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Solder Connected Multi-Module Carrier

IP.com Disclosure Number: IPCOM000004384D
Publication Date: 2000-Oct-23
Document File: 1 page(s) / 89K

Publishing Venue

The IP.com Prior Art Database

Abstract

Disclosed is a technique for packaging large number of devices in close proximity.

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Solder Connected Multi-Module Carrier

Packaging a large number of devices (chips) in close proximity has become feasible because of the low power dissipation and high reliability of CMOS technology. The close proximity of devices reduces propagation delays, which enables higher speed system operation. The low power dissipation enables dense packing of devices for small lightweight products, which can still be cooled by conventional means. Relatively low power semiconductor dice (chips) require minimum packaging. Disclosed is a technique for packaging large number of devices in close proximity.

Figure 1 is a cross section of a carrier/module assembly consisting of a carrier and one or more modules. Each module contains one or more semiconductor dice. The module is adapted to physically and electrically attach to the carrier.

Carrier 100 is composed of ceramic or organic insulating material and conductive wires. The wire may be formed from copper or other conductive materials. Carrier 100 contains at least two power supply wires and one or more signal wires, arranged in one or more layers. Pads 110 are electrically connected to the power supply and signal wiring. Pads 110 may be formed from a combination of metals such as chrome-copper-gold, and may include a solder dam, to receive a solder bump for electrical and mechanical connection.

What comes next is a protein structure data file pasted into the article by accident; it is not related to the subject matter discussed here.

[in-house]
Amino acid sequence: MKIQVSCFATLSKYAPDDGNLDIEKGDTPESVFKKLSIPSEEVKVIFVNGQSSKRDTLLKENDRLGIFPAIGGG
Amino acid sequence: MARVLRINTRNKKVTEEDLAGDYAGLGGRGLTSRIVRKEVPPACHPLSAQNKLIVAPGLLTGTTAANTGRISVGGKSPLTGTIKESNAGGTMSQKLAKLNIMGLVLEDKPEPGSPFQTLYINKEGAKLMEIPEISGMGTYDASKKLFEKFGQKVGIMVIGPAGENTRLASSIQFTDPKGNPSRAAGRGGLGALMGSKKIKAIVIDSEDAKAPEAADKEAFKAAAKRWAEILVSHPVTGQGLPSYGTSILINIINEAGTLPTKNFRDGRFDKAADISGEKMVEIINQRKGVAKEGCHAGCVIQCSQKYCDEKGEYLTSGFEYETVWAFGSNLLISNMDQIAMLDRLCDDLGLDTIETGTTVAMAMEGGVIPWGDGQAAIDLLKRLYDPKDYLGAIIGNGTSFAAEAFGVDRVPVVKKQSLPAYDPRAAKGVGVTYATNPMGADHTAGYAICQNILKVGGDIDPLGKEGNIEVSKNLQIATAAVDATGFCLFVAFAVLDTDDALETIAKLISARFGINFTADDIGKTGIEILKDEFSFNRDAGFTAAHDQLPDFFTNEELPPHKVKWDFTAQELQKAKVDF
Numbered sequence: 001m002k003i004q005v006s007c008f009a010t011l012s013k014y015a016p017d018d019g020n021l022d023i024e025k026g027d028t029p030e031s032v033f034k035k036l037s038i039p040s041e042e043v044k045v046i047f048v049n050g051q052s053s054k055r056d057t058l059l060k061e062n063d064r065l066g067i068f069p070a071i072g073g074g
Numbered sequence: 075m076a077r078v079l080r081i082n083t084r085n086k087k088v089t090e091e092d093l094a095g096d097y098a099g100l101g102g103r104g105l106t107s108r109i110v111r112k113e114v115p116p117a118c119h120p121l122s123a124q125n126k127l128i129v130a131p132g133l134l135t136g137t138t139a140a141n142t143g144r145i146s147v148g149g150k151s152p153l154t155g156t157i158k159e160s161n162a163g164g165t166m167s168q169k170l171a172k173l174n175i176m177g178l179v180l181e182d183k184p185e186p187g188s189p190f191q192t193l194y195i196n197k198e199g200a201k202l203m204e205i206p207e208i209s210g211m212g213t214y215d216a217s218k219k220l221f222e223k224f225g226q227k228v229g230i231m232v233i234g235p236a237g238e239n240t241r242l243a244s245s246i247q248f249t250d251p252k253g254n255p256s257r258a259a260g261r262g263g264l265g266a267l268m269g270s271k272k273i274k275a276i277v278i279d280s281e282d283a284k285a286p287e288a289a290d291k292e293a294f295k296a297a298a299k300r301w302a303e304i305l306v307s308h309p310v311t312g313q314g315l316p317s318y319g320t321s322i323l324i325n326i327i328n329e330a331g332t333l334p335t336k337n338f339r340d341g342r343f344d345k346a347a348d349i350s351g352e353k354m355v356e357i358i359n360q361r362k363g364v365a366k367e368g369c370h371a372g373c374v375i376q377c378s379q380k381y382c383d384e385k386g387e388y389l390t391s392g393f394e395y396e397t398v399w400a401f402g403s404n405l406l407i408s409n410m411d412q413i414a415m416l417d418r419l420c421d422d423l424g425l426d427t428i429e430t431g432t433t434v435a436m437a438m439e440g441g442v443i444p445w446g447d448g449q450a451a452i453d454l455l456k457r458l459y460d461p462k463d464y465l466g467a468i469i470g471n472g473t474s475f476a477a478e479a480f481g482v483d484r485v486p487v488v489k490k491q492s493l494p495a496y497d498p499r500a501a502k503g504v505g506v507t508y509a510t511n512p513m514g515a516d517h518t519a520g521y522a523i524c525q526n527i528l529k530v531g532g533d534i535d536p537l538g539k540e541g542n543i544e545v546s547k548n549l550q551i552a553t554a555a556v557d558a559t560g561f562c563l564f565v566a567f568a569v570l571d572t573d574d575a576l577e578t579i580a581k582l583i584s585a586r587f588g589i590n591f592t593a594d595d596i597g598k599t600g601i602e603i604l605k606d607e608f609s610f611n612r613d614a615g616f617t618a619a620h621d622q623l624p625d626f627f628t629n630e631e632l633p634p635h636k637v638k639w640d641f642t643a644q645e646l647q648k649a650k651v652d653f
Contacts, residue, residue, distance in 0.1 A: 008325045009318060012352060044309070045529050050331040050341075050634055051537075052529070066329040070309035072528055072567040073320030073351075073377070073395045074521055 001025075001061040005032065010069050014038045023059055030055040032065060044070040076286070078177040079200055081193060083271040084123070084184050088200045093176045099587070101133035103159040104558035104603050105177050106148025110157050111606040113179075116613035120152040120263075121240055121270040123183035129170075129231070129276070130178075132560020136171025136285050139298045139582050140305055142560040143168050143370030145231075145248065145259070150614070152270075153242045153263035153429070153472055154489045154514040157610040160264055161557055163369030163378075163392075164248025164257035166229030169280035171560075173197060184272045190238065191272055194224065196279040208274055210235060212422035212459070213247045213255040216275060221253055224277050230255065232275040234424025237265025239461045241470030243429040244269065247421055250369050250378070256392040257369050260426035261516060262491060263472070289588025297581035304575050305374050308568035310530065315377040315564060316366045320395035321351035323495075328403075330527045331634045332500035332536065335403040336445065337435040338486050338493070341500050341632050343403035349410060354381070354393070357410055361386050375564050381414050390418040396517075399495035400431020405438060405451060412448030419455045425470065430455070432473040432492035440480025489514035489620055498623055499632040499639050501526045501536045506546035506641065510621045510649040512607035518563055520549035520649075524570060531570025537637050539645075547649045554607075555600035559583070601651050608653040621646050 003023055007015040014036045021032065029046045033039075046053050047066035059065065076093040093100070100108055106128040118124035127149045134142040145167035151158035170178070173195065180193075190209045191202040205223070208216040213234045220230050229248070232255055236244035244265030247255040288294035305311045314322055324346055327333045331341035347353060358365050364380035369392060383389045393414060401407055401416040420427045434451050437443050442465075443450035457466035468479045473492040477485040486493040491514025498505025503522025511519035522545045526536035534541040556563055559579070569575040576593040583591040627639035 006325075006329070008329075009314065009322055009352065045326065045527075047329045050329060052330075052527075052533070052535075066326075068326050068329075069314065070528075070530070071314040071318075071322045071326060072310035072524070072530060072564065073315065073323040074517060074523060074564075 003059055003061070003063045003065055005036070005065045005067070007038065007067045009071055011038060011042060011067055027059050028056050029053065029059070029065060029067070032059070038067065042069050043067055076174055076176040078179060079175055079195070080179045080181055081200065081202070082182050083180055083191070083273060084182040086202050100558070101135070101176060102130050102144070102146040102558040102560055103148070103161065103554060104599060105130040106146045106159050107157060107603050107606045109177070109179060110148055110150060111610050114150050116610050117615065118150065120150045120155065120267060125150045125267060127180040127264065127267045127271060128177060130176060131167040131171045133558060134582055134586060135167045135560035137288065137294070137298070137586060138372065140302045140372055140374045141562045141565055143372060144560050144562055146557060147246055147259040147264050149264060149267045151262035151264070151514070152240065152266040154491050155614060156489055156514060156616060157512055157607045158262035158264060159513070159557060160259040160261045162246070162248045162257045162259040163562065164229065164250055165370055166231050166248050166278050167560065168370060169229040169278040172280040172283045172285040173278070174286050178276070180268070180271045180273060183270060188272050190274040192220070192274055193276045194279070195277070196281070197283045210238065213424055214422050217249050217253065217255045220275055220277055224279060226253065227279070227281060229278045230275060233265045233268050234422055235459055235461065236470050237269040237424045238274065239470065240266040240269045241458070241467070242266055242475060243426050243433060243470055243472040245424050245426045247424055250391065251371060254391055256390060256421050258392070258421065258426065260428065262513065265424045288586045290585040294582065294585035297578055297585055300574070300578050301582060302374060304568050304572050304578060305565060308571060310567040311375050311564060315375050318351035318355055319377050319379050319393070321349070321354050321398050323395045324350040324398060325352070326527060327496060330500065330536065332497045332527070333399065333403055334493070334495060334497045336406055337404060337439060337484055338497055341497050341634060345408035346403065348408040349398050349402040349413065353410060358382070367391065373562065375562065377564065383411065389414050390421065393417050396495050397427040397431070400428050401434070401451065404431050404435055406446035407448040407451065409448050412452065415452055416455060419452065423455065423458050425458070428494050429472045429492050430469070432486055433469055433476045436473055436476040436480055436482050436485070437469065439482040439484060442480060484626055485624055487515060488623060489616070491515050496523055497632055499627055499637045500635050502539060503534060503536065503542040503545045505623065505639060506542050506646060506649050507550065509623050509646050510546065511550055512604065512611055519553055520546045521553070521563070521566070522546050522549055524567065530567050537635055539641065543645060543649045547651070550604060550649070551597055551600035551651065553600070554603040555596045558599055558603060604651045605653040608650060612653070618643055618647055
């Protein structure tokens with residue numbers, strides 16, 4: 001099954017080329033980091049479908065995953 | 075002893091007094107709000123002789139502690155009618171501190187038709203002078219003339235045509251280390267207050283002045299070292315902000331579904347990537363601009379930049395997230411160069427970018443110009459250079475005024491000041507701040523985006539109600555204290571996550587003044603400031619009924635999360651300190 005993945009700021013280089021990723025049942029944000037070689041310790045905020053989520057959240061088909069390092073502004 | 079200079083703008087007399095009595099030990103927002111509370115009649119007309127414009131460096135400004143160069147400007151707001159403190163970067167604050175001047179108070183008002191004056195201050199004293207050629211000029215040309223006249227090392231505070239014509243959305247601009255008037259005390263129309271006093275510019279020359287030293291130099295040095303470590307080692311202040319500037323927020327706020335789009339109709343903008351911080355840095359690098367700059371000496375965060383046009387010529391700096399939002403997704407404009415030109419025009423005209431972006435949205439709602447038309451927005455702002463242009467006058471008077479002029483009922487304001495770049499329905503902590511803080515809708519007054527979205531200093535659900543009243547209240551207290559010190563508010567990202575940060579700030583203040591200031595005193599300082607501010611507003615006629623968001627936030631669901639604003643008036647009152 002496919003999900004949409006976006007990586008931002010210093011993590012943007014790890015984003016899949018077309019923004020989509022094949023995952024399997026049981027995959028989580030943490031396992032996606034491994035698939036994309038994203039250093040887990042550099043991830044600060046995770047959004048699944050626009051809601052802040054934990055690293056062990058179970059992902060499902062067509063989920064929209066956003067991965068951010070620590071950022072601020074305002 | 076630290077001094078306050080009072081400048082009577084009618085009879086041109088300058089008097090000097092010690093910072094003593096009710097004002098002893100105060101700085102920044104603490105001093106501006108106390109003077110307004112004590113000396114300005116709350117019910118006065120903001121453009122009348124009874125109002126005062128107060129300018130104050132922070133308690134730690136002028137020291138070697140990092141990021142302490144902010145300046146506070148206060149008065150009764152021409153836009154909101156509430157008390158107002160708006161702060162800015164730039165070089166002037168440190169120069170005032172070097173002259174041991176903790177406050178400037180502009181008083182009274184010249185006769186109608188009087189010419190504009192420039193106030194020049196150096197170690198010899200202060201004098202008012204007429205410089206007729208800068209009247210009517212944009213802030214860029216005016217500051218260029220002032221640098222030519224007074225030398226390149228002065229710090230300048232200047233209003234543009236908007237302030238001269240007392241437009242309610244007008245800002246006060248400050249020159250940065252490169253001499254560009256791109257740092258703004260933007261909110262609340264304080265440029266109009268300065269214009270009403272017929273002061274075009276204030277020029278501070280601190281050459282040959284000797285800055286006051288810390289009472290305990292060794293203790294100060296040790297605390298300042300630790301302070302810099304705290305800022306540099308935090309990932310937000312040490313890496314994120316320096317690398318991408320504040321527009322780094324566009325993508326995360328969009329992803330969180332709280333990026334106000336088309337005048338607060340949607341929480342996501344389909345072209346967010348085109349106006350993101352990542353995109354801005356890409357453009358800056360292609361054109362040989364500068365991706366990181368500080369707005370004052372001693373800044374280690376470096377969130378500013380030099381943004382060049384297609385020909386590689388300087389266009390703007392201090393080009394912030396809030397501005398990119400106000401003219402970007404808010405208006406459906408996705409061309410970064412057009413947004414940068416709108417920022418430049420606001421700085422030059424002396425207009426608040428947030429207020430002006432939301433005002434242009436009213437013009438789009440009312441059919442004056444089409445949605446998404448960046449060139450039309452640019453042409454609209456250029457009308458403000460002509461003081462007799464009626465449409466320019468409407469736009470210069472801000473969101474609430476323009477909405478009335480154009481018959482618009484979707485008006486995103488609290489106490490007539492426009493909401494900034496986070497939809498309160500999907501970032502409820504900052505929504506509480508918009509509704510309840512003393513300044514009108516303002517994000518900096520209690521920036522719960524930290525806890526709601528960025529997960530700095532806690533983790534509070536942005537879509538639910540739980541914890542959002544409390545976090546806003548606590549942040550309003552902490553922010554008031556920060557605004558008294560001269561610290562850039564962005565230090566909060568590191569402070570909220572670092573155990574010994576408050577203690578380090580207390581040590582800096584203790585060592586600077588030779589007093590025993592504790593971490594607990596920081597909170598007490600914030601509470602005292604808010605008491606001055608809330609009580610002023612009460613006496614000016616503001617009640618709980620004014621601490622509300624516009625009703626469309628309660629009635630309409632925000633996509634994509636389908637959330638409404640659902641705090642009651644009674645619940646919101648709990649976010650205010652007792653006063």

Module 140 has a cavity 145 that contains die 150. Die 150 is mechanically attached to the bottom of cavity 145. Die 150 is electrically connected to wires 160A and 160B by wirebonds 170A and 170B. Wire 160A is routed to the edge of module 140 and connects to pad 165 that is attached to solder 120. Wire 160B is routed (not shown) to the same edge as wire 160A. Wires 160A and 160B may be formed from copper or other conductive materials. Wirebonds 170A and 170B may be formed from gold, aluminum, or other conductive materials.

Module 140 is electrically and mechanically connected to carrier 100 by solder 120. Cavity 145 may be filled with filler 180 to environmentally protect die 150 from contamination and handling damage.